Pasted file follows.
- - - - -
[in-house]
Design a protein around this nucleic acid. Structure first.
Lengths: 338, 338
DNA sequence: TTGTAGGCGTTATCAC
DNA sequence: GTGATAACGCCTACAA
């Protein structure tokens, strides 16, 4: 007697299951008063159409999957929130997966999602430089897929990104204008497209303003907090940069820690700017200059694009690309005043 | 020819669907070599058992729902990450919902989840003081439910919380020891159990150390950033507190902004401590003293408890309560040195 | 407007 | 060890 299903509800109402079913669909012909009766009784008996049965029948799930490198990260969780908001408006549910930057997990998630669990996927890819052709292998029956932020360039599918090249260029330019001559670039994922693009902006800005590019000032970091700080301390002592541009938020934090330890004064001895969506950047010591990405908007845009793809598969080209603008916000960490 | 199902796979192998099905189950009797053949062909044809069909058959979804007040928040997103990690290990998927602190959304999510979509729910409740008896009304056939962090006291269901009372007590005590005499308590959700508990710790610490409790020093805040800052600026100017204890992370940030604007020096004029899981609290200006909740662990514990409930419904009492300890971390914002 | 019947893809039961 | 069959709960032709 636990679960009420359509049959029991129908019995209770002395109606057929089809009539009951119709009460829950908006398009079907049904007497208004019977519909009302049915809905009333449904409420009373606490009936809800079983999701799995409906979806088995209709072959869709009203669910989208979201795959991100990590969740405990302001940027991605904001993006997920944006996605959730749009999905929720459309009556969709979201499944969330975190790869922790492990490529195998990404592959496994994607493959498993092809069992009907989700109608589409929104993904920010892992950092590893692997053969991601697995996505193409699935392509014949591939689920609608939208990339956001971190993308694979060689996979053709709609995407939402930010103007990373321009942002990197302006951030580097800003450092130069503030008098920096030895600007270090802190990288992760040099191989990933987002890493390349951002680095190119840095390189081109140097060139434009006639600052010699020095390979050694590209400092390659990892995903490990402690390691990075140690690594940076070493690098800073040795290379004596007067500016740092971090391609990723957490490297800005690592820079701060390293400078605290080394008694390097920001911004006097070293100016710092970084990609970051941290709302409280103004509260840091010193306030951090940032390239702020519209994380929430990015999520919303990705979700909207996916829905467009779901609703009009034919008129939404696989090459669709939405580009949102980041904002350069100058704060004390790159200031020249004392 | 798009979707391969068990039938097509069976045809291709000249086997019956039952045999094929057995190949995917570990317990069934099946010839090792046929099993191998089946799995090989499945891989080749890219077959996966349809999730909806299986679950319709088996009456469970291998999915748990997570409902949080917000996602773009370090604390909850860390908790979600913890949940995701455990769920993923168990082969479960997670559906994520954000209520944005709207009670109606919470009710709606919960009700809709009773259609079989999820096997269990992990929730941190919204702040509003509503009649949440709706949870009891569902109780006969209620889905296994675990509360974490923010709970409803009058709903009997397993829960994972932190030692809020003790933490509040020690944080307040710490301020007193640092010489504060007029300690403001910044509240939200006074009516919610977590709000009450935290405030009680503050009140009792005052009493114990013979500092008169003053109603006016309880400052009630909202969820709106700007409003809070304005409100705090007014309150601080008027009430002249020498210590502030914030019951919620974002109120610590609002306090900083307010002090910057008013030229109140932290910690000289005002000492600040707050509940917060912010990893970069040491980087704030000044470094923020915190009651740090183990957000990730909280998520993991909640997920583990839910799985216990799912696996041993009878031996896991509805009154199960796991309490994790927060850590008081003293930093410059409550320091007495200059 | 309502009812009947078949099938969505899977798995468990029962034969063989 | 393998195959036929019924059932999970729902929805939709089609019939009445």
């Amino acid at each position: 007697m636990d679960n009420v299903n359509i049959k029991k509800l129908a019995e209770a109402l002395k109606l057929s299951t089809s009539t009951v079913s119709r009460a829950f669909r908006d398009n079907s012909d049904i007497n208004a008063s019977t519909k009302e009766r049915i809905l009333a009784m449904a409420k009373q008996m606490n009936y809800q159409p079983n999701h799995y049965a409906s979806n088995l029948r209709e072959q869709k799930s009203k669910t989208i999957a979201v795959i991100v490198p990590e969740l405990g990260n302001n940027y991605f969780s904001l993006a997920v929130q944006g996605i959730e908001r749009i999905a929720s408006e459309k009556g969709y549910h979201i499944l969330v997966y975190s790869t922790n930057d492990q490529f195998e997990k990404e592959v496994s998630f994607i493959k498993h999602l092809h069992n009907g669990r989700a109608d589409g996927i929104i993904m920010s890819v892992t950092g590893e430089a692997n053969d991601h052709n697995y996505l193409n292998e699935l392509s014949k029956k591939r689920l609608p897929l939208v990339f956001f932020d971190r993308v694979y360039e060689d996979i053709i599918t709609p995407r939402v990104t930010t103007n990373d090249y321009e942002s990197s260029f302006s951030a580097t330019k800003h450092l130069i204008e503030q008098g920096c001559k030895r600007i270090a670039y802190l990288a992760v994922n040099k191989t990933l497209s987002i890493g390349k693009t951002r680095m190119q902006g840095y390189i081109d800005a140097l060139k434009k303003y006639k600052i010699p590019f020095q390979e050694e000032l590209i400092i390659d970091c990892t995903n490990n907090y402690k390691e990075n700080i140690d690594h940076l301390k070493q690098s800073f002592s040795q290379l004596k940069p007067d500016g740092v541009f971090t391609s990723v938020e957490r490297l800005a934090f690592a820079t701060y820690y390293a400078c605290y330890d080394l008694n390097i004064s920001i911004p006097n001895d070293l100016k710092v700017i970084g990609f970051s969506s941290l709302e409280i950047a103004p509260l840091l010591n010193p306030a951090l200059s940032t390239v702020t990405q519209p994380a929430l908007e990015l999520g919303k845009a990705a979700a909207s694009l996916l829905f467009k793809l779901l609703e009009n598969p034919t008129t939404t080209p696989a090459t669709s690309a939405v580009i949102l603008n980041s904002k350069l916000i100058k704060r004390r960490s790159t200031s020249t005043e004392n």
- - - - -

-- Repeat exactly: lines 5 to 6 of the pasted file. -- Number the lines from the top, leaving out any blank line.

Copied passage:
DNA sequence: GTGATAACGCCTACAA
């Protein structure tokens, strides 16, 4: 007697299951008063159409999957929130997966999602430089897929990104204008497209303003907090940069820690700017200059694009690309005043 | 020819669907070599058992729902990450919902989840003081439910919380020891159990150390950033507190902004401590003293408890309560040195 | 407007 | 060890 299903509800109402079913669909012909009766009784008996049965029948799930490198990260969780908001408006549910930057997990998630669990996927890819052709292998029956932020360039599918090249260029330019001559670039994922693009902006800005590019000032970091700080301390002592541009938020934090330890004064001895969506950047010591990405908007845009793809598969080209603008916000960490 | 199902796979192998099905189950009797053949062909044809069909058959979804007040928040997103990690290990998927602190959304999510979509729910409740008896009304056939962090006291269901009372007590005590005499308590959700508990710790610490409790020093805040800052600026100017204890992370940030604007020096004029899981609290200006909740662990514990409930419904009492300890971390914002 | 019947893809039961 | 069959709960032709 636990679960009420359509049959029991129908019995209770002395109606057929089809009539009951119709009460829950908006398009079907049904007497208004019977519909009302049915809905009333449904409420009373606490009936809800079983999701799995409906979806088995209709072959869709009203669910989208979201795959991100990590969740405990302001940027991605904001993006997920944006996605959730749009999905929720459309009556969709979201499944969330975190790869922790492990490529195998990404592959496994994607493959498993092809069992009907989700109608589409929104993904920010892992950092590893692997053969991601697995996505193409699935392509014949591939689920609608939208990339956001971190993308694979060689996979053709709609995407939402930010103007990373321009942002990197302006951030580097800003450092130069503030008098920096030895600007270090802190990288992760040099191989990933987002890493390349951002680095190119840095390189081109140097060139434009006639600052010699020095390979050694590209400092390659990892995903490990402690390691990075140690690594940076070493690098800073040795290379004596007067500016740092971090391609990723957490490297800005690592820079701060390293400078605290080394008694390097920001911004006097070293100016710092970084990609970051941290709302409280103004509260840091010193306030951090940032390239702020519209994380929430990015999520919303990705979700909207996916829905467009779901609703009009034919008129939404696989090459669709939405580009949102980041904002350069100058704060004390790159200031020249004392 | 798009979707391969068990039938097509069976045809291709000249086997019956039952045999094929057995190949995917570990317990069934099946010839090792046929099993191998089946799995090989499945891989080749890219077959996966349809999730909806299986679950319709088996009456469970291998999915748990997570409902949080917000996602773009370090604390909850860390908790979600913890949940995701455990769920993923168990082969479960997670559906994520954000209520944005709207009670109606919470009710709606919960009700809709009773259609079989999820096997269990992990929730941190919204702040509003509503009649949440709706949870009891569902109780006969209620889905296994675990509360974490923010709970409803009058709903009997397993829960994972932190030692809020003790933490509040020690944080307040710490301020007193640092010489504060007029300690403001910044509240939200006074009516919610977590709000009450935290405030009680503050009140009792005052009493114990013979500092008169003053109603006016309880400052009630909202969820709106700007409003809070304005409100705090007014309150601080008027009430002249020498210590502030914030019951919620974002109120610590609002306090900083307010002090910057008013030229109140932290910690000289005002000492600040707050509940917060912010990893970069040491980087704030000044470094923020915190009651740090183990957000990730909280998520993991909640997920583990839910799985216990799912696996041993009878031996896991509805009154199960796991309490994790927060850590008081003293930093410059409550320091007495200059 | 309502009812009947078949099938969505899977798995468990029962034969063989 | 393998195959036929019924059932999970729902929805939709089609019939009445």